JP: I have never thought about that before. It’s kind of scary.

TV: I’m speaking from experience; I wasn’t born when the first two Our Lady Peace albums were released.

JP: That’s incredible that the band has been around for this long. I love that. And it’s going to be cool because then you get to actually play that old material and it’s new to them. That’s totally a plus.

TV: These fans both new and old, those who have been with the band since 1991 and those who are just picking it up from Somethingness — what can these fans expect on this tour?

JP: Expect a good amount of new material but also paying respect to the catalogue. We’re still playing the hits, but we’re incorporating different new material every night. We have songs that we pop in place of other songs. We’re playing a larger, more diverse collection of songs.

TV: Would you say that going to both shows in Toronto, you would experience two different shows?

JP: 100 per cent, there is no way we’ll play the same set.

TV: Does that exemplify how the band is staying true to itself? It’s not out there to play to the majority, it’s out there doing its own thing.

JP: Totally, totally man. You have to do that stuff that turns yourself on before you can try to present that to the masses.

This interview has been edited for clarity.

Our Lady Peace will perform at Massey Hall on March 15 and at Rebel on March 16.

Black Panther is already revolutionary

Marvel's new film is the result of massive cultural collaboration in the Black artistic community

<i>Black Panther</i> is already revolutionary

Kendrick Lamar said it best on the opening track of the soundtrack to Black Panther: “Sisters and brothers in unison, not because of me / Because we don’t glue with the opposition.”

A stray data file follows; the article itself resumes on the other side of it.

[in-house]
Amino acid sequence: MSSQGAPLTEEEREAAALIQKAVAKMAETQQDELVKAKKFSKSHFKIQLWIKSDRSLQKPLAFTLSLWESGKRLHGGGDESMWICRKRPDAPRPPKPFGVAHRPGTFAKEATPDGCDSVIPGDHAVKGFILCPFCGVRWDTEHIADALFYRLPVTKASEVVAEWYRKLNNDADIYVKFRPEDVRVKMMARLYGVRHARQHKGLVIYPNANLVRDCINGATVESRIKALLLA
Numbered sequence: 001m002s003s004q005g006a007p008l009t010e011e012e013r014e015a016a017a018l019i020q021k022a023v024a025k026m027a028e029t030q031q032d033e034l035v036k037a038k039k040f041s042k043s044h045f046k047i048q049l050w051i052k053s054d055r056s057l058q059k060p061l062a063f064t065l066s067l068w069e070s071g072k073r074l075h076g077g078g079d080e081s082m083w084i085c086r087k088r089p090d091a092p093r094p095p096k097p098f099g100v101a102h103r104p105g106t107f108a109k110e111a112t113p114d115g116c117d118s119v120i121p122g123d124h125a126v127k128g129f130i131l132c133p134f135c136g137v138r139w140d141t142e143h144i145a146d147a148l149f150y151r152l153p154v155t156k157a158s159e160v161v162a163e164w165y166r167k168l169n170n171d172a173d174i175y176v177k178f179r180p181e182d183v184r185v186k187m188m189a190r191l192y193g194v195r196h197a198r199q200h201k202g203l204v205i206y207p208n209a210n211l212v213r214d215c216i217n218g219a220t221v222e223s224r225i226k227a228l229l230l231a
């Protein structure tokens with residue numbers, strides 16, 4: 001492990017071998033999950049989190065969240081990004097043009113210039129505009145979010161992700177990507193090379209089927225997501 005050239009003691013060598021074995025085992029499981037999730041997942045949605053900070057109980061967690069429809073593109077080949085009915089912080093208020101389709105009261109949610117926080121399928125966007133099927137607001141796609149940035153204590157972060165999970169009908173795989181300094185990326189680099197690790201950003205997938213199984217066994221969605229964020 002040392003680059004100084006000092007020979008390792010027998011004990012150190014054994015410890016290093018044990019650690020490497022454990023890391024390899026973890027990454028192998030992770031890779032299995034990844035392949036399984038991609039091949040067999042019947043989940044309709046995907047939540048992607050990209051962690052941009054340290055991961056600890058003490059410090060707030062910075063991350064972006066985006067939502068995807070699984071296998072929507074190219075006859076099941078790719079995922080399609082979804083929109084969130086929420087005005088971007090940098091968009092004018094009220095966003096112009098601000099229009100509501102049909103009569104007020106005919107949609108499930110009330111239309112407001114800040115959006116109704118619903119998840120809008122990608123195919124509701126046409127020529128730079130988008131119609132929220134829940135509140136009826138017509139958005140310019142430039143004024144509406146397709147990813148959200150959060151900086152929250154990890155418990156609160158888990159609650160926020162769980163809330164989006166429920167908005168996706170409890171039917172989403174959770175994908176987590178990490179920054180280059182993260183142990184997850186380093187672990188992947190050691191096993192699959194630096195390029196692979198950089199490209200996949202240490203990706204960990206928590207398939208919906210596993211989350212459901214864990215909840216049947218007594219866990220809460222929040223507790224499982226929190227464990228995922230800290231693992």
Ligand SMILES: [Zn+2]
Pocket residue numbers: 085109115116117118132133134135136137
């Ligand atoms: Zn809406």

The sticking point across the entire production of Black Panther is unity. The making of the film, comics, and music represent a mass confluence of mainstream artistic participation.

The soundtrack, curated by Lamar and released on February 9, mixes hip hop, rap, and R&B. It features SZA, ScHoolboy Q, Khalid, The Weeknd, Future, and Lamar himself, among many others. According to Complex, Lamar decided to produce the soundtrack upon watching scenes from the movie.

At first glance, the reason for the total cultural push behind Black Panther seems obvious. It’s the first mainstream superhero movie with a Black protagonist, taking place in the Marvel Cinematic Universe, which has been meticulously crafted with numerous blockbuster hits. The film’s namesake, the supremely cool T’Challa, the Black Panther — played by the previously relatively unknown Chadwick Boseman — is a warrior and leader unlike any other.

The production became something of a star-scape of world-class Black talent. Aside from Lamar and the soundtrack artists, the film stars Michael B. Jordan and Oscar winner Lupita Nyong’o alongside Boseman, and it is directed by Ryan Coogler, the director of 2015’s incredible Creed, which also starred Jordan.